During the COVID-19 pandemic, topics of negative attitudes toward outgroups and the related social distancing tendencies have become important issues among scientists (e.g., Hromatko et al., 2021; Kramer & Bressan, 2021; Meleady et al., 2021; Sorokowski et al., 2020). One of the reasons for this intensified scientific interest is that social distancing, as well as the various factors that precede it, such as prejudices or xenophobic attitudes, have their origin in the perception of threat (Faulkner et al., 2004). The pandemic situation has provided an opportunity to test theoretical models that previously could only be verified using imagined rather than real disease-related threats. In the current paper, we focus on the theory of the behavioral immune system (BIS), which is a motivational system that aims to minimize infection risk by changing cognition, affect, and behavior in ways that promote pathogen avoidance (Ackerman et al., 2018; Murray & Schaller, 2016).
Along with the use of this theoretical framework, a number of significant factors impacting social attitudes as well as social distancing have been noted. First, it has been shown that disease-related cues evoke disgust (Curtis et al., 2004; Navarrete & Fessler, 2006) and that both disgust and disgust sensitivity play pivotal roles in shaping negative reactions toward outgroups (Giner-Sorolla & Russell, 2019). Second, affective reactions due to disease-related threats depend on the perceived seriousness of a given threat (Faulkner et al., 2004; Oaten et al., 2009). Additionally, it has been shown that both chronic and temporarily aroused feelings of vulnerability to disease contribute to negative attitudes toward foreign people (Faulkner et al., 2004). The chronic activation of BIS is reflected in one’s disgust sensitivity and perceived vulnerability to disease, with the latter being conceptualized as consisting of an affective component (germ aversion), as well as a cognitive one (perceived infectability; Duncan, Schaller, & Park, 2009).
However, so far, there has been hardly any research testing the interplay of these factors within a single study that would enable a more complete verification of the BIS theory. Moreover, the documented effects have been based on separate investigations of affective evaluations of outgroups (e.g., Faulkner et al., 2004) and behavioral avoidance tendencies (e.g., Sorokowski et al., 2020), while the BIS theory offers a foundation to suggest that affective evaluations of foreign individuals predict avoidant behaviors (Faulkner et al., 2004). Our study was designed to test mediational models derived from the theory of BIS, using the COVID-19 pandemic as the source of natural disease threat. Specifically, we tested whether the perceived threat of COVID-19 has an effect on preferences for social distancing from foreign individuals through disgust sensitivity and germ aversion separately, which should predict general feelings toward outgroup individuals and in turn predict a preference for social distancing.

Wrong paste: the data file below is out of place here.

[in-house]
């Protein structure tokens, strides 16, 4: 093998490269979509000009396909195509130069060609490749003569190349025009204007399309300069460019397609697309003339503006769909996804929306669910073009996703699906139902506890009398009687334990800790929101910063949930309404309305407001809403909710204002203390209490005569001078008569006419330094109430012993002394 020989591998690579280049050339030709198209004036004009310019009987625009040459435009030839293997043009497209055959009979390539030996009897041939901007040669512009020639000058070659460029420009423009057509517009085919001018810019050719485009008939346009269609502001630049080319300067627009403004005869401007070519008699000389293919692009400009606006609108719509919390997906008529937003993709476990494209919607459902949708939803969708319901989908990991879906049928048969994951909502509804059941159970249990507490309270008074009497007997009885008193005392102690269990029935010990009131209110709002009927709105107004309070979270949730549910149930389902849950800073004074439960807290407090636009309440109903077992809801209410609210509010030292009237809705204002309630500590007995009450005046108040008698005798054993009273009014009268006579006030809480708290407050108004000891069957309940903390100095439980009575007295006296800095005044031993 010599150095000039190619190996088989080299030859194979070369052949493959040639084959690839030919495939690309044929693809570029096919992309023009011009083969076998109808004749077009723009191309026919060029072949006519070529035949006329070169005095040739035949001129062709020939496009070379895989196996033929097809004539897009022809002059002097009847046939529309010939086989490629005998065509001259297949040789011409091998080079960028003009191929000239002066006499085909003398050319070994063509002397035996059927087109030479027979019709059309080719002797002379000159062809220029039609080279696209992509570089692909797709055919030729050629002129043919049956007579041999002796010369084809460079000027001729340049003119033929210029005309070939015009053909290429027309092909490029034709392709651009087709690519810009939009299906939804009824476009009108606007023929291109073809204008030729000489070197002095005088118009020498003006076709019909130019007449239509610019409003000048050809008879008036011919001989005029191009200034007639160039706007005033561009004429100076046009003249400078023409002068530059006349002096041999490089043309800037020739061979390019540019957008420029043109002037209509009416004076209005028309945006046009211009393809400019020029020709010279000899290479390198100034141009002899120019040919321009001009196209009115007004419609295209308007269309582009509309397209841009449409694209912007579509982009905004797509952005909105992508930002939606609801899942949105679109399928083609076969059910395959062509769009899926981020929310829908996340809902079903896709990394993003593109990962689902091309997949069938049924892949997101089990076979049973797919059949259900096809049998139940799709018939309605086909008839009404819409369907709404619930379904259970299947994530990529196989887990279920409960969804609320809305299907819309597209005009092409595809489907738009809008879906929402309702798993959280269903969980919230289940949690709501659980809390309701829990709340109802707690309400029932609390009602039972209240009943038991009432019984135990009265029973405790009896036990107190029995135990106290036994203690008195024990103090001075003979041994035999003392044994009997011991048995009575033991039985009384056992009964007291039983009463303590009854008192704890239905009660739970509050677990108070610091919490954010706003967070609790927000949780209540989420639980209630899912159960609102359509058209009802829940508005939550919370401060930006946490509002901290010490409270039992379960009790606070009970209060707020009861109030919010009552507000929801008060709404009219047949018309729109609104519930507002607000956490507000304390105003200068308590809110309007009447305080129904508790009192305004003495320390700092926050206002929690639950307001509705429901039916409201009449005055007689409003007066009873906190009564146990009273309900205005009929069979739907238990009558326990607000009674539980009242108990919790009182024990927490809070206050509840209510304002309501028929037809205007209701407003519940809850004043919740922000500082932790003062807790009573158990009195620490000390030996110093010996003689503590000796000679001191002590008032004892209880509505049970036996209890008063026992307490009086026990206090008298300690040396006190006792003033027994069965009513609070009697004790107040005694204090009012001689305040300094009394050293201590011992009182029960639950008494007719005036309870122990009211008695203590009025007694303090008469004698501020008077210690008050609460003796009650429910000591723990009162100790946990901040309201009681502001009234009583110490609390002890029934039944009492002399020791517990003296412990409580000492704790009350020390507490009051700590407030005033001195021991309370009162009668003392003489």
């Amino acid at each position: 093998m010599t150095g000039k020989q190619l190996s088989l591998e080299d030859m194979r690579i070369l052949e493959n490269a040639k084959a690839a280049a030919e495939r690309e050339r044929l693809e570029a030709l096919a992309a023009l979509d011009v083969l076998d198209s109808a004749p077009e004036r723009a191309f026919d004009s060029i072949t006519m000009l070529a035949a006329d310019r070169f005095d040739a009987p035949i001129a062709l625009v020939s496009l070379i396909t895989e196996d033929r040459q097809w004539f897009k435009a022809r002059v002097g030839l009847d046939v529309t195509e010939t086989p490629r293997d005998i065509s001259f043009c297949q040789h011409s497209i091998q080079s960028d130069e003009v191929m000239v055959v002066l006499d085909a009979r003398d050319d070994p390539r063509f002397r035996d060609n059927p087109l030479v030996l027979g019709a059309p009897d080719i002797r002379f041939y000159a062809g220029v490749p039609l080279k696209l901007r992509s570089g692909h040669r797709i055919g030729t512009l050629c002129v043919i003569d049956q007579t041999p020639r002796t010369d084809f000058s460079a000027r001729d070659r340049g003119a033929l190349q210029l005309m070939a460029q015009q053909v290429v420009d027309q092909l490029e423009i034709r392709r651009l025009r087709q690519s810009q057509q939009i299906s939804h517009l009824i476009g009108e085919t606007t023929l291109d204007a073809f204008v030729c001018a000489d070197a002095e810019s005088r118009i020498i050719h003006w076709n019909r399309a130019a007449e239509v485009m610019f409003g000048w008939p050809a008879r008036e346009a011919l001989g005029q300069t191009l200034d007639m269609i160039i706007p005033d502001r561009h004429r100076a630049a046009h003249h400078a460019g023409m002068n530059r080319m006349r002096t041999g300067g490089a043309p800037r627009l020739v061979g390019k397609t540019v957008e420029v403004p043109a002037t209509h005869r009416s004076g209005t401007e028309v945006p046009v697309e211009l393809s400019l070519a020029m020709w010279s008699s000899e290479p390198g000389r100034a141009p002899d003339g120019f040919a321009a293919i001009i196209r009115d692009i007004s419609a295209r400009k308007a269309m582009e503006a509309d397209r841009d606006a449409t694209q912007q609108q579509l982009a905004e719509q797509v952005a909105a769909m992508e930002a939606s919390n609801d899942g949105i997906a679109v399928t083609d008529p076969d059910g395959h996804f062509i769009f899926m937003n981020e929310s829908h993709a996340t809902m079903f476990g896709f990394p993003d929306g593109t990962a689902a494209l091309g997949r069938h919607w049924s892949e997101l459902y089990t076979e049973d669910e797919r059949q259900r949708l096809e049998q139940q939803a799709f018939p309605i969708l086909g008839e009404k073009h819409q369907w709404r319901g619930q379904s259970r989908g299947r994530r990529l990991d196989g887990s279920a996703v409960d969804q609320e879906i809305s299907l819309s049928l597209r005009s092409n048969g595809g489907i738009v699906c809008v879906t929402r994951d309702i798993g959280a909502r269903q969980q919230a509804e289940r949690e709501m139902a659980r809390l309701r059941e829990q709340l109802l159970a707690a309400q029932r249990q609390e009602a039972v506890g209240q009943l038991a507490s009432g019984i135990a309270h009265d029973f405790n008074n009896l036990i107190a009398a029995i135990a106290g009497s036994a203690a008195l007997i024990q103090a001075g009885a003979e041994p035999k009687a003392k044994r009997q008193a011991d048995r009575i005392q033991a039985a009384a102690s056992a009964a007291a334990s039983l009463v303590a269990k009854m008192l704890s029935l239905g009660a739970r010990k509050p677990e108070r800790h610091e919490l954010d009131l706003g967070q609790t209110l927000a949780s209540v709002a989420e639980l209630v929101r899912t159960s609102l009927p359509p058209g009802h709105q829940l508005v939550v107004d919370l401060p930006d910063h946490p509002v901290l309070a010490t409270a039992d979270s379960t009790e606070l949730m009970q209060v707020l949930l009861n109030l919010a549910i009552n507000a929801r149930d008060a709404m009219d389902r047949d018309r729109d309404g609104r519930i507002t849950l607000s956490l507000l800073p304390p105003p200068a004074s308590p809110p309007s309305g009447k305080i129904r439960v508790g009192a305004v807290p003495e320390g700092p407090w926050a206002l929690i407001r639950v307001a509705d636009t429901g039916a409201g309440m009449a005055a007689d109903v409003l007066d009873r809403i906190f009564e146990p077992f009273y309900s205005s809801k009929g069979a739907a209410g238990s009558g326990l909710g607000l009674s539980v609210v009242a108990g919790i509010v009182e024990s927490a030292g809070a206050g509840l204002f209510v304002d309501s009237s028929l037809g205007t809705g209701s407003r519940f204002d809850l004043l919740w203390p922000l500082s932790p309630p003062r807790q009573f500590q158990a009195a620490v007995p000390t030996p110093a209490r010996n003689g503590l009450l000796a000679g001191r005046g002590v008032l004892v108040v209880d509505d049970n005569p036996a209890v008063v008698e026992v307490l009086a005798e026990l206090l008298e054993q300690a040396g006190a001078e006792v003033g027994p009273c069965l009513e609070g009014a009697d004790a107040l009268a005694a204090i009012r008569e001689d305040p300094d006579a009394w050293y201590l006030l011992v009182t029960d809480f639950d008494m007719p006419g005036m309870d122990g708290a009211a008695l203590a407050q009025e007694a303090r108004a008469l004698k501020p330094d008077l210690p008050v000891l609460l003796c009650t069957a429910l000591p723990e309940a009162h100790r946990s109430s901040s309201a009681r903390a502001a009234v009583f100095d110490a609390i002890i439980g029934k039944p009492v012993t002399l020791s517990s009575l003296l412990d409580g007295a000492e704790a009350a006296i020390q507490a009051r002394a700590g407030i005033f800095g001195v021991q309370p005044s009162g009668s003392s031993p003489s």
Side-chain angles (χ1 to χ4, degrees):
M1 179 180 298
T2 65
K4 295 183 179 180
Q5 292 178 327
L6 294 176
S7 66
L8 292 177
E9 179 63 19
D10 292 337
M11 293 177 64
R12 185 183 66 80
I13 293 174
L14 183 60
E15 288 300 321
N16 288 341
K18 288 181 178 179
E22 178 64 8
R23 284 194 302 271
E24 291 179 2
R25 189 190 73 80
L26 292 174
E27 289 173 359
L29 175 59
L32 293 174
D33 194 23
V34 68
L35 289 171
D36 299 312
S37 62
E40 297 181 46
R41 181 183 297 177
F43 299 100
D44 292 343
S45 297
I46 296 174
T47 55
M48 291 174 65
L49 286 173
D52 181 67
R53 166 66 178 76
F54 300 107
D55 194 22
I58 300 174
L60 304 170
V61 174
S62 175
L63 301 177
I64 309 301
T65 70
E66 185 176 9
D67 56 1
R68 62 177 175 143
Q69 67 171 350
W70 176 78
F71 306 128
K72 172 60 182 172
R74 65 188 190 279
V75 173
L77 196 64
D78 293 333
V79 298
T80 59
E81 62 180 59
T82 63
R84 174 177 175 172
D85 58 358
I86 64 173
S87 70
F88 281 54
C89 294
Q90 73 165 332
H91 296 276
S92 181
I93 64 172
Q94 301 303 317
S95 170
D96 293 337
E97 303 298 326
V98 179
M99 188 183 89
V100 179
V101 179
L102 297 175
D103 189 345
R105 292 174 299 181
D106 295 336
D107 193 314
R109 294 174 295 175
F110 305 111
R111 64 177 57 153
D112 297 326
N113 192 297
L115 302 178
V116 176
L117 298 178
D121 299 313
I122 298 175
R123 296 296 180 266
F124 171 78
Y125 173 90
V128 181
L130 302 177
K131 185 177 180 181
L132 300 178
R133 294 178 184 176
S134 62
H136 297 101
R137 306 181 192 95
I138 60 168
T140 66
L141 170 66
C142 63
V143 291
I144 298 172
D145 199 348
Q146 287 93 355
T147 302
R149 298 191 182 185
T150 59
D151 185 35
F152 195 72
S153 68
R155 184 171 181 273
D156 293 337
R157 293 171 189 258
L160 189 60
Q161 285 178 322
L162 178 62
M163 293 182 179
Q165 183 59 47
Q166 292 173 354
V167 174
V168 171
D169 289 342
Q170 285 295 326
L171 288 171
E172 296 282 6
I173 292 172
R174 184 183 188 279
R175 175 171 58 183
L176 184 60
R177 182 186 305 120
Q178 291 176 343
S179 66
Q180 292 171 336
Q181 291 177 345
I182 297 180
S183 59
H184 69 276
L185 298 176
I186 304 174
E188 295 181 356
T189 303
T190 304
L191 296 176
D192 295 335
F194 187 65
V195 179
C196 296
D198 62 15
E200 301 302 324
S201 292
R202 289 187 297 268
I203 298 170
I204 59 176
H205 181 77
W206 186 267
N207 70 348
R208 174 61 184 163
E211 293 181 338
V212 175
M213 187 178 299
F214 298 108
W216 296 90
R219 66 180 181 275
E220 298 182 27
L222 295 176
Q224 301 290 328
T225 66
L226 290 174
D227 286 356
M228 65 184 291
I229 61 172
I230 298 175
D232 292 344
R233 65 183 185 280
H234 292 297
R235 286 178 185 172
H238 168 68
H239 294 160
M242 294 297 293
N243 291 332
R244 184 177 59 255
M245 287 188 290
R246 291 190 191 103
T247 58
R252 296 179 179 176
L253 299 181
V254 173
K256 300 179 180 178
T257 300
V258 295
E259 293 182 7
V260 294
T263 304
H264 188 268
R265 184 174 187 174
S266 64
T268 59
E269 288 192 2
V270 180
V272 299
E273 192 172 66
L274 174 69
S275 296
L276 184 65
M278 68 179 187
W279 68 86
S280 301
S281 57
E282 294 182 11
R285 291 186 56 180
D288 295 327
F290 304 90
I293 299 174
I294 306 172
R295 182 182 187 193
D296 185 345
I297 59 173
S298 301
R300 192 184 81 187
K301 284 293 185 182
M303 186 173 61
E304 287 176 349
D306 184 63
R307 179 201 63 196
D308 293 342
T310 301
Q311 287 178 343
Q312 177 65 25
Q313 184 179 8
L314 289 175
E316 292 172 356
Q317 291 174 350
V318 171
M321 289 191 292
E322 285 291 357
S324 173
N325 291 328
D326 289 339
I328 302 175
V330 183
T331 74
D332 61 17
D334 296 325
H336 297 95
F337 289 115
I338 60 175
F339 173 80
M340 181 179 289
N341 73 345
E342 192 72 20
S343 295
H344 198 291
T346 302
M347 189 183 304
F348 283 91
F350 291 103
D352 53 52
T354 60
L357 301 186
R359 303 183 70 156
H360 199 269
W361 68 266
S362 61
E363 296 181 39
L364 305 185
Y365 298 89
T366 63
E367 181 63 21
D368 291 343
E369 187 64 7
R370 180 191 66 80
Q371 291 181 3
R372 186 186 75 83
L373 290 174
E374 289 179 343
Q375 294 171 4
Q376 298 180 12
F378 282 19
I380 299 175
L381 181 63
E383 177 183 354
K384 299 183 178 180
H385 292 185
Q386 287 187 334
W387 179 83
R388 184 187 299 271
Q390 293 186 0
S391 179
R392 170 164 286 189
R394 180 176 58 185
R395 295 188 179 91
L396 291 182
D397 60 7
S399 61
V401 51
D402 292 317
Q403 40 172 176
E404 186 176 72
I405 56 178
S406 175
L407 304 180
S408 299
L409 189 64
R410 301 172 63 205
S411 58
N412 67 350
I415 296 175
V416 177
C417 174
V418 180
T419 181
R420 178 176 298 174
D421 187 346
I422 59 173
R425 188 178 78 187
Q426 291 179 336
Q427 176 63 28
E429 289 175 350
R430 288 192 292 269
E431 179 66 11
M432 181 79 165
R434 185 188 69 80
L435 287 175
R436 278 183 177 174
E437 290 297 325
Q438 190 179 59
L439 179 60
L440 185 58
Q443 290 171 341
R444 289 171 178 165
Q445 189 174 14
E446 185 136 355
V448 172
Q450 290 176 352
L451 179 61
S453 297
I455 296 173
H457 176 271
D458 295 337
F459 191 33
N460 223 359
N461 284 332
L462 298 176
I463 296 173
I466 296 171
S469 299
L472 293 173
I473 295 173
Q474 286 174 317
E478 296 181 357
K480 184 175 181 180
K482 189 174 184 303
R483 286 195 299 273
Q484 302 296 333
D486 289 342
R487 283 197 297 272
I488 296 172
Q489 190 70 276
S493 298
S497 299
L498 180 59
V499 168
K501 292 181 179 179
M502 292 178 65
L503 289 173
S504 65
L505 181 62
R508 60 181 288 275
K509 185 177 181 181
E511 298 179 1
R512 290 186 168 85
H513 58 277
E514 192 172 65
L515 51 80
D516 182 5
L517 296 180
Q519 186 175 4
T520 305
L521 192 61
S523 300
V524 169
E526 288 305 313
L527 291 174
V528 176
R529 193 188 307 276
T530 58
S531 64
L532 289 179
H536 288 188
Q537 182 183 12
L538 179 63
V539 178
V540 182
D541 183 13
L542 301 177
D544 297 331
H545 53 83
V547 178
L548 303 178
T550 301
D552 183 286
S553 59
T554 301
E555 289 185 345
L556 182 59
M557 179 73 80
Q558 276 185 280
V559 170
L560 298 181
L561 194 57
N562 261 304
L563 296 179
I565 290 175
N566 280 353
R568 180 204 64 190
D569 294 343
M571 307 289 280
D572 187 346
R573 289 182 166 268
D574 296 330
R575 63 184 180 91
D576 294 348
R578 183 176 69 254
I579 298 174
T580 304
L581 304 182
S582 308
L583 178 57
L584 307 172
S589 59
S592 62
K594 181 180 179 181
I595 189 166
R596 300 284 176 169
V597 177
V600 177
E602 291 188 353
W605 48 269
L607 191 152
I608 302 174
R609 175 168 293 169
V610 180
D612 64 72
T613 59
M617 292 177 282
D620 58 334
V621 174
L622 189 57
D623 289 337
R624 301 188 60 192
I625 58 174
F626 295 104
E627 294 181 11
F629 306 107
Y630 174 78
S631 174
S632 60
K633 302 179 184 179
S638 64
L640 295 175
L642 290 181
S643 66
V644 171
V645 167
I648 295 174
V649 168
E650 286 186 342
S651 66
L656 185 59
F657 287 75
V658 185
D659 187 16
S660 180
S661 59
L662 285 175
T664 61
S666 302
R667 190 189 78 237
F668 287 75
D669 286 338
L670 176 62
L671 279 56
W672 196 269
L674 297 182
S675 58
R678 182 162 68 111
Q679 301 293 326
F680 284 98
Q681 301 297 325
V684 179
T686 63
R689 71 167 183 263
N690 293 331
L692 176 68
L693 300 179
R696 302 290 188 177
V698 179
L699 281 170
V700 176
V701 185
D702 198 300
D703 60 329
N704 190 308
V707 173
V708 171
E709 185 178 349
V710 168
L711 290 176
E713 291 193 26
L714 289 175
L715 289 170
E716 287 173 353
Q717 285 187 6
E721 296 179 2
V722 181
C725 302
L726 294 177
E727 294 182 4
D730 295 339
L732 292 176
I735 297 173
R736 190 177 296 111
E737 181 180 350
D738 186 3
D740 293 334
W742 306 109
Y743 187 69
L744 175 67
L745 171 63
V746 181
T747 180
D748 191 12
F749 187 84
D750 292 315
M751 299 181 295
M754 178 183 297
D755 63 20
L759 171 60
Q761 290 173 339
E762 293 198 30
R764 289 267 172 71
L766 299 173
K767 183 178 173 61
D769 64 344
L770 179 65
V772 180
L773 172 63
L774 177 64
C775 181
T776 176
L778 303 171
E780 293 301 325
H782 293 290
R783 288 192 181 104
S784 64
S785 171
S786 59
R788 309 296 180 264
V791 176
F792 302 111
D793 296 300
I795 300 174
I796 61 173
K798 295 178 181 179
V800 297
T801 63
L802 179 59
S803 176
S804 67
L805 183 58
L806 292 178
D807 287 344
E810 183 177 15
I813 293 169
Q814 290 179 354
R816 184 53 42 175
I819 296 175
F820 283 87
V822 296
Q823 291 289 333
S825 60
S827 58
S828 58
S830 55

The Behavioral Immune System and Outgroup Evaluations
As humans, we take advantage of living in cooperative social groups. Such obligatory interdependence is perceived as one of the most important adaptations that protects an individual from various threats posed by the environment and that offers the opportunity to pursue individual goals more efficiently with group support (Brewer & Caporael, 1990). However, both living in a group and having contact with outgroups entail exposure to a variety of risks, from the risk of being exploited by “free riders”, through threats to physical safety and a risk of harm, to threats to physical health and a risk of infection (Cottrell & Neuberg, 2005). In light of these perceived substantial costs, people have evolved a broad range of affective and behavioral systems that enable all these potential threats to be avoided. In regard to threats to physical health, being in a group exposes an individual to contagious diseases, especially when in contact with members of outgroups. Outgroup members are likely to carry novel pathogens that can be highly infectious to ingroup members (Diamond, 1997), as organisms evolve resistance to local microbes (Schaller & Murray, 2010). The basic evolved device for dealing with pathogens is, obviously, the biological mechanism of the physiological immune system. However, as fighting against an ongoing infection is metabolically expensive (Adelman & Martin, 2009) and is likely to involve trade‐offs with other energetically expensive activities, such as thermoregulation or reproduction (Hawley et al., 2012), it would be advantageous for an organism to develop another system that would mitigate the threat of disease before infection occurs and thus serve as a preventive tool. This tool is the behavioral immune system (Ackerman et al., 2018; Murray & Schaller, 2016).
The Role of BIS in Shaping Social Attitudes